EMDR Research


EMDR as an Effective Treatment

auditory-bilateral-stimulation-for-healing-and-personal-growth-8-638EMDR or Eye Movement Desensitization and Reprocessing is a therapeutic approach that is effective for resolving emotional diffculties caused by disturbing, diffcult, or frightening life events. Many experts agree that the best way to become free of the overwhelming symptoms is through carefully regulated exposure to the traumatic event. In other words, the child needs to face the traumatic memories until they are no longer disturbing.
In 1987, Francine Shapiro accidentally discovered that eye movements can decrease the intensity of upsetting memories. She went on to develop the therapy known as EMDR. This therapeutic approach helps resolve the disturbing thoughts and feelings related to the distressing memories so that children can return to their normal developmental tasks. In addition, EMDR can help strengthen feelings of confidence, calmness, and mastery. A trained EMDR therapist will carefully assess what has actually been traumatic for the youth. The therapist designs the treatment to specifically target the memories, along with the negative self- belief, and the distressing feelings. The therapist uses alternating right-left tracking that may be in the form of eye movements, tones or music delivered to each ear or tactile stimulation (i.e. hand tapping) to engage the child’s whole mind and body in the process. For example, a child might be directed to move his or her eyes back and forth while following the therapist’s fngers and focusing on the memory of the abuse, along with the belief, “it’s my fault,” and the feelings of fear.
EMDR has been used internationally to help children with a variety of different traumatic experiences such as abuse and neglect, loss of a parent, war, the Oklahoma bombings, 9/11, Katrina, earthquakes and other interpersonal and natural disasters. There are many case reports, along with empirical research on the positive outcomes for children who have been treated with EMDR following a traumatic event.



When  a  Child  / Adolescent Has  Been Traumatized
Traumatized youth often display behaviors associated with PTSD. They may have changes in their sleep patterns: trouble falling asleep, interrupted sleep, restlessness, nightmares, not wanting to sleep in their own beds, or bedwetting. Children may act out their trauma in their play with their action figures, dolls, or stuffed animals. Some become irritable, and over- react to situations, while others are numb, under react and have an “I don’t care” attitude. Hyper vigilance can be observed in some children. They lose the ability to discern between normal and dangerous situations and can misinterpret social cues, making relationships difficult. This also can be problematic in school as these children are constantly scanning their environment for danger which effects their concentration and attention. Learning issues are common in abused and neglected children.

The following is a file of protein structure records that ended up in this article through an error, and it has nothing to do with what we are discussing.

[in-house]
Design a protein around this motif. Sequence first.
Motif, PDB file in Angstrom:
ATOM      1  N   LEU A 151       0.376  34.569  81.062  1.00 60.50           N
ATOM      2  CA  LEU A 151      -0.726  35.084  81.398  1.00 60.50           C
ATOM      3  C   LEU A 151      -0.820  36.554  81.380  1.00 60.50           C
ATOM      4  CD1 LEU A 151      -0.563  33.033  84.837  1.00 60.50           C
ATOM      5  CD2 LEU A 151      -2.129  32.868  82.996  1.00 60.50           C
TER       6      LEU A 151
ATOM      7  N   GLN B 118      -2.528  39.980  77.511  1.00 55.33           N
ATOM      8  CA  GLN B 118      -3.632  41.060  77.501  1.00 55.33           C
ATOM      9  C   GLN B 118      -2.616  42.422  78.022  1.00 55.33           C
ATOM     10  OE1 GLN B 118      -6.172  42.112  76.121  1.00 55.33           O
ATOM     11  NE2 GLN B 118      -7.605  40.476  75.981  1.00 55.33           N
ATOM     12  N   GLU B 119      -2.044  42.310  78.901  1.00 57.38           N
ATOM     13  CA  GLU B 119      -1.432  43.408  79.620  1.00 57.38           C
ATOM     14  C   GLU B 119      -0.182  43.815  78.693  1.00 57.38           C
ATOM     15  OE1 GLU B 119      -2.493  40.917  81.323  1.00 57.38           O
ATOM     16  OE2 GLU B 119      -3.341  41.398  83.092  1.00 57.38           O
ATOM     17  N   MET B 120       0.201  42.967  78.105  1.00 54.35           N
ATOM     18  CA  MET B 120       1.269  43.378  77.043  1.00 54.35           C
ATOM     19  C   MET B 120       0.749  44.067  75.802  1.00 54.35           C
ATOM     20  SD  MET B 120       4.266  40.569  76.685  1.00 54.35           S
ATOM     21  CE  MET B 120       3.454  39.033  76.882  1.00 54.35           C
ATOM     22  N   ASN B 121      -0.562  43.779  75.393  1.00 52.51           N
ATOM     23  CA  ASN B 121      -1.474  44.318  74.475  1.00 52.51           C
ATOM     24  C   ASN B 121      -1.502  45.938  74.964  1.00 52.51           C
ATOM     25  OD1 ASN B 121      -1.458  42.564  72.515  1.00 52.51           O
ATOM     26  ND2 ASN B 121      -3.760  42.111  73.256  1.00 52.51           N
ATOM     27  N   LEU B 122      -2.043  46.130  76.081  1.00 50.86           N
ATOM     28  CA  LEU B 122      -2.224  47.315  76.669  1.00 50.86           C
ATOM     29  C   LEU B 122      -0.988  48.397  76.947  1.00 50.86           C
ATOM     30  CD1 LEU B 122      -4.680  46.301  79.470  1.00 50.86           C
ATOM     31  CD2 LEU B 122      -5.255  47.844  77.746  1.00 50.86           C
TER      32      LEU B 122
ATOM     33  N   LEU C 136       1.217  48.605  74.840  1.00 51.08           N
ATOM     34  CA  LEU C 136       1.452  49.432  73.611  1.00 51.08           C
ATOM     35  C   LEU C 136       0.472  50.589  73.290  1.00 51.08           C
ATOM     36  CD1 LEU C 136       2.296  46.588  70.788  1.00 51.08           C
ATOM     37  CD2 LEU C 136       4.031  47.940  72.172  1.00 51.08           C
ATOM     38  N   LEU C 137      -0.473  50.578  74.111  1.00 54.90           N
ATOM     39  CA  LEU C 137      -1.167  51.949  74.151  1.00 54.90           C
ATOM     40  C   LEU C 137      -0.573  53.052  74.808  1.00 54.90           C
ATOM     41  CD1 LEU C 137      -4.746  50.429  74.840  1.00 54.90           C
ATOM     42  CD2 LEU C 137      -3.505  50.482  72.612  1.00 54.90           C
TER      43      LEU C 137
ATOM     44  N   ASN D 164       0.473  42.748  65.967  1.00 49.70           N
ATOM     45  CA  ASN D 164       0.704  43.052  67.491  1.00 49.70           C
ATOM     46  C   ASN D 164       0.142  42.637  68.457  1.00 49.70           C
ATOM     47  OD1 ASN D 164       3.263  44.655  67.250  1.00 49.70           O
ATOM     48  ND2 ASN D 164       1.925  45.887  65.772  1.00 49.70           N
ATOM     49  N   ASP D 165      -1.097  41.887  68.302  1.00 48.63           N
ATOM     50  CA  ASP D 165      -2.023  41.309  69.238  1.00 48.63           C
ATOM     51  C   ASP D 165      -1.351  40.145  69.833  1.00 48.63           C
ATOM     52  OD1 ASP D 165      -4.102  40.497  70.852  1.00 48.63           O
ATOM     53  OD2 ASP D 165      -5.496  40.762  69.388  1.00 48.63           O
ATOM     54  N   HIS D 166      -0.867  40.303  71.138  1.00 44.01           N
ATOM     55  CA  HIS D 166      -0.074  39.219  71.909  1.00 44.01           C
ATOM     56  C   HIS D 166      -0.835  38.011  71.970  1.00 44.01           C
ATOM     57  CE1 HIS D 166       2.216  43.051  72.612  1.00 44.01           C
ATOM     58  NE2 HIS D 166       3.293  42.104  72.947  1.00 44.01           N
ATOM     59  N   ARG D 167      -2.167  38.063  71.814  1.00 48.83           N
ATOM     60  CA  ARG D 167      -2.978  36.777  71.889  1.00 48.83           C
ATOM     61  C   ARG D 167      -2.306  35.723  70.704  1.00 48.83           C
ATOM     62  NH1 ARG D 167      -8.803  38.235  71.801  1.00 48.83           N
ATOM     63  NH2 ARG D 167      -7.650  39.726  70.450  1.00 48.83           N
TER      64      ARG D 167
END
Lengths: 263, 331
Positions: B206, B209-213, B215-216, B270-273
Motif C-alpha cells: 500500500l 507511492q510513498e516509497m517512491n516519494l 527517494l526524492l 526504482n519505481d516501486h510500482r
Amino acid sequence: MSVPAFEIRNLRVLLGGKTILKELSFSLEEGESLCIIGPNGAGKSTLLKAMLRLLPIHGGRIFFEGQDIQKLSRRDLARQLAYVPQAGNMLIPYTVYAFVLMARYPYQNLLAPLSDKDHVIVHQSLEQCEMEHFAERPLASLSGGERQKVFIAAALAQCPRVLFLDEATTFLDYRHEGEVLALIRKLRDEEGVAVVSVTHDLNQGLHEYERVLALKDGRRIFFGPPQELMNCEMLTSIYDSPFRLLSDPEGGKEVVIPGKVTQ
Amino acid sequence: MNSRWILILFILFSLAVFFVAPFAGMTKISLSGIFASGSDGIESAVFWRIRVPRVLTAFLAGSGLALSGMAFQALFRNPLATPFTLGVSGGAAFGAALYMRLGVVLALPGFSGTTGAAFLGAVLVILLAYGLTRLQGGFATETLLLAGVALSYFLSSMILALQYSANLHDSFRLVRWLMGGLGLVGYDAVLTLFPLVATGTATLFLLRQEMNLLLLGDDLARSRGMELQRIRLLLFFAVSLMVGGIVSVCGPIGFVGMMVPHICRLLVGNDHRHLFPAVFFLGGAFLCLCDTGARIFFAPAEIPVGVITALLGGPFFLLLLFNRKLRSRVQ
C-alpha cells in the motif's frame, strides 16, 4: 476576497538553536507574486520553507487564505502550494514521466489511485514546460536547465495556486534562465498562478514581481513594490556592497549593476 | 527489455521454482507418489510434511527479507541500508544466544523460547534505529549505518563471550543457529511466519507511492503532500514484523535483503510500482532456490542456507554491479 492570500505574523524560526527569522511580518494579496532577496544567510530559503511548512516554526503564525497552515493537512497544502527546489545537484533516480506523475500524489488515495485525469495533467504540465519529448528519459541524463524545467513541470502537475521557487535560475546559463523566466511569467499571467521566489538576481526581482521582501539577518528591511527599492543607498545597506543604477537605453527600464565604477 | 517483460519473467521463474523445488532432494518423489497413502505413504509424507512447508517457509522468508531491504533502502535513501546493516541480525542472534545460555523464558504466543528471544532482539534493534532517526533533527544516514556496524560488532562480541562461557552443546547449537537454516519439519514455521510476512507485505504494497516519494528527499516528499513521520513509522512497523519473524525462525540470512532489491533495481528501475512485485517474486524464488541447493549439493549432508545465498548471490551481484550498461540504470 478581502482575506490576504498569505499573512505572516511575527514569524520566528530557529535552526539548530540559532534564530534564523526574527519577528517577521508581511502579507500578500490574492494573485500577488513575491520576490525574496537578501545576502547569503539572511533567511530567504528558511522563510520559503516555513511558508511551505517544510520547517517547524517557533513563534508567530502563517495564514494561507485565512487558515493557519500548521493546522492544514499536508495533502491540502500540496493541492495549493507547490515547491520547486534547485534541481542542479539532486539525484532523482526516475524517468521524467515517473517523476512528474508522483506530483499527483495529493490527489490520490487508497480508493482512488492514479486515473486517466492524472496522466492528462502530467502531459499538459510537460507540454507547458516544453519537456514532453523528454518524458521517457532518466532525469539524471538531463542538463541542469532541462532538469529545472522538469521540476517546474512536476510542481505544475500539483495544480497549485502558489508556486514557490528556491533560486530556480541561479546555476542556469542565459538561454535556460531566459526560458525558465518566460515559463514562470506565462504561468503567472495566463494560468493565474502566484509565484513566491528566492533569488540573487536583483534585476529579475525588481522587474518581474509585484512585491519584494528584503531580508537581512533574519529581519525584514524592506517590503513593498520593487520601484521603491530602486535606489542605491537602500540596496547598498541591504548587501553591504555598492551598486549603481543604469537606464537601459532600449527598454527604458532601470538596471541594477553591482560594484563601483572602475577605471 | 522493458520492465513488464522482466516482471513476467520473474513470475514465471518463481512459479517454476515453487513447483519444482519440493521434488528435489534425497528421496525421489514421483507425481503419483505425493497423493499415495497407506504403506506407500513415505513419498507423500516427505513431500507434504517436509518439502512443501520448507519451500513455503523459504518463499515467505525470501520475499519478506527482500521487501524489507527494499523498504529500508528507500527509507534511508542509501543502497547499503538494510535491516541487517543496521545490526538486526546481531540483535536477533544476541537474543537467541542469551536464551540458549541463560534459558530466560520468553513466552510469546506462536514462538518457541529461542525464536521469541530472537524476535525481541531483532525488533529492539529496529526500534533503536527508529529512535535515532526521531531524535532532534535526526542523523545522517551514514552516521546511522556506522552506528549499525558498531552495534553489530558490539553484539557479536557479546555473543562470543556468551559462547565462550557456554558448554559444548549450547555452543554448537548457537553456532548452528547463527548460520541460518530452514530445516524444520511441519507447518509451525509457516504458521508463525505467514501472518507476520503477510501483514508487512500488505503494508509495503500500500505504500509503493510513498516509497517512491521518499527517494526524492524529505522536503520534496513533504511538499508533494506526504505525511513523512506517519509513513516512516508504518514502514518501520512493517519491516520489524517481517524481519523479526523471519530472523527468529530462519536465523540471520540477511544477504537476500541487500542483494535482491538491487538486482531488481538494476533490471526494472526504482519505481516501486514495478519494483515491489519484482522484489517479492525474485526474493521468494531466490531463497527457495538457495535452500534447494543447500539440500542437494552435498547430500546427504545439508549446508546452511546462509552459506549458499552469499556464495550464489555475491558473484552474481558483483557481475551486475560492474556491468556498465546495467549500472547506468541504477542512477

Current research also indicates that chronic traumatization can affect brain functioning leading to problems in regulating emotions and behavior, difficulties in attachment, problems with self soothing, and self injury. For many children the trauma is influencing current actions and their bodies react without the mind understanding why. They can exhibit anger, aggression, defiance, impulsiveness, and resistance. Teachers, case workers, foster parents, and parents often interpret this behavior as oppositional, attention seeking, or uncooperative. Adults misguidedly respond to the behavior with behavioral consequences that do not always work, instead of resolving the trauma. The child is unable to respond logically as the emotional part of the brain is active, and the thinking rational part of the brain is not accessible.

EMDR Children Brochure PDF File

Eye Movement Desensitization and Reprocessing is a psychotherapy treatment that is effective for resolving
emotional diffiulties caused by disturbing, diffiult, or frightening life experiences. When children are
traumatized, have upsetting experiences or repeated failures, they lose a sense of control over their lives.
This can result in symptoms of anxiety, depression, irritability, anger, guilt, and/or behavioral problems.
Events such as accidents, abuse, violence, death, and natural disasters are traumatic, but we do not always
recognize the ways they effect and inflence a child’s everyday life. Even common upsetting childhood
events, such as divorce, school problems, peer diffiulties, failures, and family problems, can deeply
affect a child’s sense of security, self-esteem, and development. When an upsetting, scary or painful experience
happens, sometimes the memory of the experience stays “stuck” or “frozen” in the mind and body. The
experience may return in a distressing and intrusive way and the child may cope by avoiding everything
associated with the upsetting experience. For example, a child who has experienced a bad bicycle accident
may have repeated nightmares, be fearful of trying new things, and avoid things that are associated with
a bicycle. Most experts agree that the best way to get “unstuck” and become free from the symptoms is through
exposure to the traumatic experience. This means the person will work through facing the memories or
troubling events until they are no longer disturbing.


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